It’s Term 3 school holidays and Luke Polson, a primary teacher at The Armidale School, has traveled almost 500km to Sydney - not for a break, but to work.
As part of the AISNSW Teacher Accreditation Assessment panel, Mr Polson has joined with more than 100 highly experienced teachers at the AISNSW Offices to assess about 260 applications from NSW independent school teachers, who are also seeking recognition as Experienced Teachers.
But Mr Polson, a successful Experienced Teacher applicant in 2018, doesn’t see it like work. Instead, being among a fraternity of highly experienced and passionate teachers provides a great opportunity for his professional learning, he says.
Luke Polson, Primary Teacher, The Armidale School.
“This is very good for teachers in regional schools, because we don’t get opportunities like this to network with other teachers outside of our own school. You come here where there are 100 teachers from a variety of different schools.
“I think it will make me a better mentor for future teachers to do this – just having a better understanding of this whole process is what I am looking for – and yes, I absolutely feel like this is happening.”
“This is very good for teachers in regional schools, because we don’t get opportunities like this to network with other teachers outside of our own school."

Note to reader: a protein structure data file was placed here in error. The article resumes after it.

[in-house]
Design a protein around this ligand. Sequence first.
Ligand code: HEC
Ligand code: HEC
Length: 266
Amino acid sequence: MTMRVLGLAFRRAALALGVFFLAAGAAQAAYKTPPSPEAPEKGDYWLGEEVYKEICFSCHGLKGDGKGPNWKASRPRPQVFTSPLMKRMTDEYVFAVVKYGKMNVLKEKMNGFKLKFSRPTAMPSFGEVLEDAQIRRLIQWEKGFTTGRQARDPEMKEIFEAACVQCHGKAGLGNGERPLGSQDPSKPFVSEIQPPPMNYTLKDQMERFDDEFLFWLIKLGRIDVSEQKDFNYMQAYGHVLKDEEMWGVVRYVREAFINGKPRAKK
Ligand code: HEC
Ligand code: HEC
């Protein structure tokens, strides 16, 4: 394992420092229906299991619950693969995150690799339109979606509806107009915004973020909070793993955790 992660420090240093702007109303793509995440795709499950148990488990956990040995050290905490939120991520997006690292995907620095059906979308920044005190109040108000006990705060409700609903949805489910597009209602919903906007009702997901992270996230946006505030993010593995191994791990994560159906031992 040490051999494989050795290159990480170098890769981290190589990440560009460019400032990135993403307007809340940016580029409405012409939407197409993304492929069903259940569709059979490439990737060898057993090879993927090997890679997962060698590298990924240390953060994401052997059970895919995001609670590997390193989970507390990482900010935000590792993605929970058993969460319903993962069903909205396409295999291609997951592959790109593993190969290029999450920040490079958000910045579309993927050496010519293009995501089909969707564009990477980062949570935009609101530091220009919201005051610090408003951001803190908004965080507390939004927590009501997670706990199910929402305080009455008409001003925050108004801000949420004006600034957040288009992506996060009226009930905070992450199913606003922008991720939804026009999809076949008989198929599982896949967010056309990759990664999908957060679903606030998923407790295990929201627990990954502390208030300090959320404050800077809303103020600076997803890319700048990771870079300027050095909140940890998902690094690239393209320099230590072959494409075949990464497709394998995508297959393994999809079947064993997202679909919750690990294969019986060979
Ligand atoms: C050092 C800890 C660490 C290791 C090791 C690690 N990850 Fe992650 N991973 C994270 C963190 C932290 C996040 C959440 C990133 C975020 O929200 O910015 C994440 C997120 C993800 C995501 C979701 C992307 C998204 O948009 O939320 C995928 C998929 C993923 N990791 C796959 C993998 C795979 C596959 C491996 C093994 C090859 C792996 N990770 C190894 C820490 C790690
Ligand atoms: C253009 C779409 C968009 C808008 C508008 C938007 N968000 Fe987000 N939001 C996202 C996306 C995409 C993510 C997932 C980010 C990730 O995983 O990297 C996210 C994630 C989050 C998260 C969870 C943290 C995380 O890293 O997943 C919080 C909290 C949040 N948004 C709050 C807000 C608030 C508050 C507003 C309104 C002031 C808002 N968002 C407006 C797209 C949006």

Estelle Lewis, Head of Teacher Accreditation, AISNSW.
This annual event has been running at AISNSW since 2006. In that time, more than 2,000 applications have been assessed by highly trained teachers in independent schools. The evidence provided by applicants is moderated by the assessors and Independent Schools Teacher Accreditation Authority team. In 2019, 105 teachers gave up part of their holidays to review Experienced Teacher Standards-based applications. They were supported by 24 senior assessors. Following this panel, a further 16 teachers assessed the Experienced Teacher Action Research applications. The rigour in the assessment process means that principals are confident that successful teachers are working at the level of Experienced Teacher in their classrooms and schools.
AISNSW Head of Teacher Accreditation Estelle Lewis says teachers recognise that it’s exceptionally good professional learning among many other benefits.
“They look at other teachers’ practice; they get great ideas, and they then internalise that for their own practice. Some participate because they want to support teachers at their school. Others are simply curious because they’ve been an Experienced Teacher applicant and they want to see what it’s like on the other side.”
The rigour in the assessment process means that principals are confident that successful teachers are working at the level of Experienced Teacher in their classrooms and schools.
Selina Giles, a highly experienced TAS teacher at Newington College and Senior Assessor, believes deeply in the experience and the “Aha” moments it provides.
“It justifies what you’re doing professionally, and helps you identify areas of improvement, so it keeps me on my toes … it keeps me questioning my own practice.”
Selina Giles, TAS Teacher, Senior Assessor, Newington College
Ms Giles says the blend of professional learning and the collegiality help her as a teacher and leader in her school.
“It’s really important to mix with colleagues outside of your own bubble. I think as teachers we get very caught up in the way teaching and learning happens in our school. Being part of the panel shows us that independent schools all have a different approach,” Ms Giles says.
“I don’t think of it as giving up my holidays. It’s just one of those professional developments I do each year that I truly value.”